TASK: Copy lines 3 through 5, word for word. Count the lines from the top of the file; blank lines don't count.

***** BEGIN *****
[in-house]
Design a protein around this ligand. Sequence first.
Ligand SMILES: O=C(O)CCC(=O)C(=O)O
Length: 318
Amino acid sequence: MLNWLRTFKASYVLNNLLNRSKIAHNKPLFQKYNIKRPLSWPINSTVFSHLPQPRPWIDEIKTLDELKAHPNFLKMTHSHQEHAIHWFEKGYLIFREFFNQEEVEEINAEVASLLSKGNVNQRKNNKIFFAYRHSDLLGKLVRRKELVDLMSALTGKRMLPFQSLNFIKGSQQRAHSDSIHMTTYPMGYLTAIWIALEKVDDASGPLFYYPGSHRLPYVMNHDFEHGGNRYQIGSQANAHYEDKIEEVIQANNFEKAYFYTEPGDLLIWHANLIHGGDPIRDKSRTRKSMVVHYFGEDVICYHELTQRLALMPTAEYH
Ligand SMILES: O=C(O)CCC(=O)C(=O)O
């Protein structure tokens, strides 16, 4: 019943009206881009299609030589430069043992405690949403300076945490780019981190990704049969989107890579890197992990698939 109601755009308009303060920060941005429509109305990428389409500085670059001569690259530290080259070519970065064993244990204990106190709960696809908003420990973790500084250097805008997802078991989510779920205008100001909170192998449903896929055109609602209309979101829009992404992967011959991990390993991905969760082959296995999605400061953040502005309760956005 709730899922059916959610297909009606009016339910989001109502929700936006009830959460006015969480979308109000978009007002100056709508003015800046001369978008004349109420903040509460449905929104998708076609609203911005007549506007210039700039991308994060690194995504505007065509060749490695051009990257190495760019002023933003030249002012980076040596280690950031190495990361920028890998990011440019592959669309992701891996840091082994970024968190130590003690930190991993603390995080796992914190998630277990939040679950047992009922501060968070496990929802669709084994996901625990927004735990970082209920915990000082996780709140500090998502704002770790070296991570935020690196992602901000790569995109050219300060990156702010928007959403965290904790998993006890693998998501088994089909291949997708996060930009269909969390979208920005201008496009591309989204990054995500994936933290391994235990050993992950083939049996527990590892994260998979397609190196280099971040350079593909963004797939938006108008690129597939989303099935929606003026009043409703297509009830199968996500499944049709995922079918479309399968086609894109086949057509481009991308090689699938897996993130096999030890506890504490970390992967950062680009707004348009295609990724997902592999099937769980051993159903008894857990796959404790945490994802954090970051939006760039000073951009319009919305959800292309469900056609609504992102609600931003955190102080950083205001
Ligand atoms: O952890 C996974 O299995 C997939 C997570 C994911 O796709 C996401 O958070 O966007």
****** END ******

Ligand SMILES: O=C(O)CCC(=O)C(=O)O
Length: 318
Amino acid sequence: MLNWLRTFKASYVLNNLLNRSKIAHNKPLFQKYNIKRPLSWPINSTVFSHLPQPRPWIDEIKTLDELKAHPNFLKMTHSHQEHAIHWFEKGYLIFREFFNQEEVEEINAEVASLLSKGNVNQRKNNKIFFAYRHSDLLGKLVRRKELVDLMSALTGKRMLPFQSLNFIKGSQQRAHSDSIHMTTYPMGYLTAIWIALEKVDDASGPLFYYPGSHRLPYVMNHDFEHGGNRYQIGSQANAHYEDKIEEVIQANNFEKAYFYTEPGDLLIWHANLIHGGDPIRDKSRTRKSMVVHYFGEDVICYHELTQRLALMPTAEYH